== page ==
Maine Central Railroad General Office Building

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Location
43°39'02"N
070°16'48"W
Country
 United States of America
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Description

The former Maine Central Railroad General Office Building is an historic office building at 222-242 Saint John Street in the Saint John Valley neighborhood of Portland, Maine. Built in stages between 1889 and 1916, it was home to the Maine Central Railroad Company, the state's largest railroad operator. It is also one of the city's largest office buildings, and a fine example of Romanesque Revival architecture. It was listed on the National Register of Historic Places in 1988.

Description and history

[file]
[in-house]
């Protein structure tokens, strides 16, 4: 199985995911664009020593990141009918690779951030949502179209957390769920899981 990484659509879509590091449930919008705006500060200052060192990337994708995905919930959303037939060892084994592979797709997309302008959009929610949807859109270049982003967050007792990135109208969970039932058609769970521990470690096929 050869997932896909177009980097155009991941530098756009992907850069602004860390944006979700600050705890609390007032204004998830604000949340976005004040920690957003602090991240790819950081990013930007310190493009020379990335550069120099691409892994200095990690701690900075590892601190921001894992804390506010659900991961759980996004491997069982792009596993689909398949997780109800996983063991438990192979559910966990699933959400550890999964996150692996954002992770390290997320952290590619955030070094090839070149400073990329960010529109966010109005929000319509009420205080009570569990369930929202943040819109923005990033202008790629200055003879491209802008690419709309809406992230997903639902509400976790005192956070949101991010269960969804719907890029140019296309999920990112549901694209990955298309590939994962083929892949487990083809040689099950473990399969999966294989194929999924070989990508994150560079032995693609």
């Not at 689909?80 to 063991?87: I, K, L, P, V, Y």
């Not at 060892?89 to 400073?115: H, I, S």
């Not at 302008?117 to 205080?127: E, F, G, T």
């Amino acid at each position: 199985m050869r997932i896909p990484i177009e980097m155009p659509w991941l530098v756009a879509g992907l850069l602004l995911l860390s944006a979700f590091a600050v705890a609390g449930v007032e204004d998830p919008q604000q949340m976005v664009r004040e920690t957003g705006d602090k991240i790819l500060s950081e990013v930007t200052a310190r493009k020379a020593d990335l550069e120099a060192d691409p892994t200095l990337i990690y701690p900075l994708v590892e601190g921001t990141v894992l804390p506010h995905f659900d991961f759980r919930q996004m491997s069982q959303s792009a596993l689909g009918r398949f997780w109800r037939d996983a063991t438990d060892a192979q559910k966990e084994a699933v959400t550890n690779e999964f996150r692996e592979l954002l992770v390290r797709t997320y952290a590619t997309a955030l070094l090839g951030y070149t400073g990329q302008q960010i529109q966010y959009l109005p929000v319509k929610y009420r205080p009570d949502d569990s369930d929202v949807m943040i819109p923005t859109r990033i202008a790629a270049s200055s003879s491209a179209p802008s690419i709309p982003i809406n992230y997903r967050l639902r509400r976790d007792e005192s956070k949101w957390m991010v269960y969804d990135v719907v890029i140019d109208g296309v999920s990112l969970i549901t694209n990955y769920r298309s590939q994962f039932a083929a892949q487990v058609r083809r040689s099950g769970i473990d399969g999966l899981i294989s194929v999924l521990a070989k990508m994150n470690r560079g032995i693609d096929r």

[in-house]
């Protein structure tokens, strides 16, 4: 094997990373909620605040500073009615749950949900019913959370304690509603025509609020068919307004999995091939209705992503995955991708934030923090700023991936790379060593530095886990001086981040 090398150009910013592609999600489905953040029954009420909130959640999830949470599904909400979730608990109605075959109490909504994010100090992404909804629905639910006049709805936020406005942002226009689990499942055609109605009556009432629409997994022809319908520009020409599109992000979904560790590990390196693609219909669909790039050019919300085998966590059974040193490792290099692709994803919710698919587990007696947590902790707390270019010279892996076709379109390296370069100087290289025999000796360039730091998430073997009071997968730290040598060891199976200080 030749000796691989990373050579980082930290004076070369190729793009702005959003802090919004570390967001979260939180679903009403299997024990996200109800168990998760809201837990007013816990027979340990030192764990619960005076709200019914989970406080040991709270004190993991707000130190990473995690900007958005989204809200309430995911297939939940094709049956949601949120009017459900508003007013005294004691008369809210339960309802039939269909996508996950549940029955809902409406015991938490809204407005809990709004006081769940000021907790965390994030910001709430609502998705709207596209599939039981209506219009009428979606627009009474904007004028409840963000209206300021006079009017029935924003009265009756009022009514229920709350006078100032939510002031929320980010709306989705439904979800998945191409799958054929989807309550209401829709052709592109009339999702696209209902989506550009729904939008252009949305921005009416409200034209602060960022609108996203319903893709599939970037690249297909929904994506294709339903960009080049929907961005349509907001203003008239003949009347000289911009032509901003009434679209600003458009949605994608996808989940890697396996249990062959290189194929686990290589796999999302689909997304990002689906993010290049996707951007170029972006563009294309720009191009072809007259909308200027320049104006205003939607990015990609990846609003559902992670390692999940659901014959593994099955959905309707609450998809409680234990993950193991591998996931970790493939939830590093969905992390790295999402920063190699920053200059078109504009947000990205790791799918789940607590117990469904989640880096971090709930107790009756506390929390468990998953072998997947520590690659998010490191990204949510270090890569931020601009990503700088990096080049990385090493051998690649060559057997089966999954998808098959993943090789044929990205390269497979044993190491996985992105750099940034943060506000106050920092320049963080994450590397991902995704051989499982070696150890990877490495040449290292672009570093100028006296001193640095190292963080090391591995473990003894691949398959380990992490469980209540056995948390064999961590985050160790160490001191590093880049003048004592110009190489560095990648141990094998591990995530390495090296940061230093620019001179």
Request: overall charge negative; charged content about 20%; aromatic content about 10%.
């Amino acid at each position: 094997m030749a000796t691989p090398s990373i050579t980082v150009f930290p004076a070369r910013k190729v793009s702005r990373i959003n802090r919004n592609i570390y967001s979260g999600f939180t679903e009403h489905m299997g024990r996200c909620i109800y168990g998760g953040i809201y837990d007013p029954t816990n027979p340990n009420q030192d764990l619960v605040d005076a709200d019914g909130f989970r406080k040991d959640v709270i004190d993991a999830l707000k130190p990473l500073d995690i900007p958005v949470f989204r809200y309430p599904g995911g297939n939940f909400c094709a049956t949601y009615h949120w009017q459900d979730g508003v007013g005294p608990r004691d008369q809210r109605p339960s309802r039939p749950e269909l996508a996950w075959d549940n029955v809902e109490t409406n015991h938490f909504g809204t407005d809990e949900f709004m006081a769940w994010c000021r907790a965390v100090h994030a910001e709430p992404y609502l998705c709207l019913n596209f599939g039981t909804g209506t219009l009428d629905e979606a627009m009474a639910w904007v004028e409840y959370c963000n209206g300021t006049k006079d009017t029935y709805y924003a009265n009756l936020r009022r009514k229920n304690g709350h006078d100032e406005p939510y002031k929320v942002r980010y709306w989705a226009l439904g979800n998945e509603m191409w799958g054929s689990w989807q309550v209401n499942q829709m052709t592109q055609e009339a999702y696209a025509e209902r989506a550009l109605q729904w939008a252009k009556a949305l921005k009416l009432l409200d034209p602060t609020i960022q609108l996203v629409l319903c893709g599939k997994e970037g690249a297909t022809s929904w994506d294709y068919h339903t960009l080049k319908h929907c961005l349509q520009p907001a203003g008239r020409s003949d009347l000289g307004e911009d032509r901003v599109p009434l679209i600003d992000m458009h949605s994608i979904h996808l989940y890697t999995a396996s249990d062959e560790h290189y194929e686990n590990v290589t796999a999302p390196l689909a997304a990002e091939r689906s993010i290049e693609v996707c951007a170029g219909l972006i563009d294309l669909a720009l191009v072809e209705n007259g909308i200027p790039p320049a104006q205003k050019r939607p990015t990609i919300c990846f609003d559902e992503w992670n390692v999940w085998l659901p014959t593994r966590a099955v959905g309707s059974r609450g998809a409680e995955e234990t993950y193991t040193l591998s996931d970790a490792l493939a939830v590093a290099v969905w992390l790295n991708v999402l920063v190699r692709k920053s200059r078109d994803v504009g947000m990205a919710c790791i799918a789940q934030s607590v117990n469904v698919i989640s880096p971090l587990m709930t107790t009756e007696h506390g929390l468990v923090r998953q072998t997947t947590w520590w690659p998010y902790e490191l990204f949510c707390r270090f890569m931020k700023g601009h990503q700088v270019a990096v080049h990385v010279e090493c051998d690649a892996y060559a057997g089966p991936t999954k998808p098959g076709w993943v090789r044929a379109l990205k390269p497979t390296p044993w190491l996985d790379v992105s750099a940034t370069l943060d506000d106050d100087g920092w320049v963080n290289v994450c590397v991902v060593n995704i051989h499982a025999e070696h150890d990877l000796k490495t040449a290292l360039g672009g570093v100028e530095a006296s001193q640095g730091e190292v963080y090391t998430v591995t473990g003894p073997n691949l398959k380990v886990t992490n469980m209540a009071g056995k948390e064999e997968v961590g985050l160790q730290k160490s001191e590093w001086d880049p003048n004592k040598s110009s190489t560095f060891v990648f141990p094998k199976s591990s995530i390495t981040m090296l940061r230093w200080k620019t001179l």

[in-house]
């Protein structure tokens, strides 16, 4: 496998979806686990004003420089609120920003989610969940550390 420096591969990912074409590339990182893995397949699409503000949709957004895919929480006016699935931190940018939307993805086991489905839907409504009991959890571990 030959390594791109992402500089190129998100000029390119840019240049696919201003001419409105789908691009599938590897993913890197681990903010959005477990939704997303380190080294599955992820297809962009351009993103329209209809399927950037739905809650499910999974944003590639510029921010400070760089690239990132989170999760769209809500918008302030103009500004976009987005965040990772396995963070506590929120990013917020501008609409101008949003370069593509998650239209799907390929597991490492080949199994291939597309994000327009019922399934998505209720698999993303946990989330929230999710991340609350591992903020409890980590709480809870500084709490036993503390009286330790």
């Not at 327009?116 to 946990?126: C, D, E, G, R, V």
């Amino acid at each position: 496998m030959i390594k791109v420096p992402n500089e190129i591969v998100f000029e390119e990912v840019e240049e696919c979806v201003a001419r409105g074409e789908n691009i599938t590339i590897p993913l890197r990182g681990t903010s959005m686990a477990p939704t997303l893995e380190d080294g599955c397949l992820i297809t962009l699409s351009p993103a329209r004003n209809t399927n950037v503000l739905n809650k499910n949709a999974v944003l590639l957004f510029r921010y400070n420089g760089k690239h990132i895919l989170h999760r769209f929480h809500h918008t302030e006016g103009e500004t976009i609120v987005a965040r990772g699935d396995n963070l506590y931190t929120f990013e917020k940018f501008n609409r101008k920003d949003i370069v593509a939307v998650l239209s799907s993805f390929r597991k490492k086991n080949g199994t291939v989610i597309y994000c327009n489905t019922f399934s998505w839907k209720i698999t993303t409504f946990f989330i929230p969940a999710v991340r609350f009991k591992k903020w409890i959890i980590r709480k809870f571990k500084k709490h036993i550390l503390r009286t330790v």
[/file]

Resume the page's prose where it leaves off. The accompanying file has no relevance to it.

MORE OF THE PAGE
The former Maine Central Railroad General Office Building is located on the west side of the Portland peninsula, below the Western Promenade between Saint John Street to the east and the railroad tracks to the west. It was located adjacent to Portland's Union Station, which was demolished in 1961. The office building is a large E-shaped three story masonry building, presenting the legs of the E toward Saint John Street and its spine to the railroad tracks. Due to the sloping lot, the track side of the building presents four stories. The street-facing front ends of the building are essentially the same, each with round-arched entrances at the center, flanked by projecting round bays that are two stories in height. A modillioned granite belt course separates the second and third floors, with the third floor having eight sash windows grouped 3-2-3. The building is capped by a hip roof, with dormers at the ends of the E legs as well as along the street-facing sides of the connecting sections, which are seven bays in width. The Maine Central Railroad Company was chartered in 1856 and began operations in 1862, combining the operations of several smaller railroads, Over the next half-century the company grew significantly, through expansion and acquisition. This building was its second headquarters. The oldest portion, the lower two stories of one of the E's legs, was built in 1889 to a design by the Boston architectural firm Bradlee, Winslow & Wetherill. The same firm had also recently designed Union Station, and was retained for each of the building's enlargements. In 1892 it was extended to the rear, and in 1898 the third floor was added. In 1906 a connector and second leg were built, giving the building a U shape, and it achieved its present form in 1916 with the addition of the third leg.
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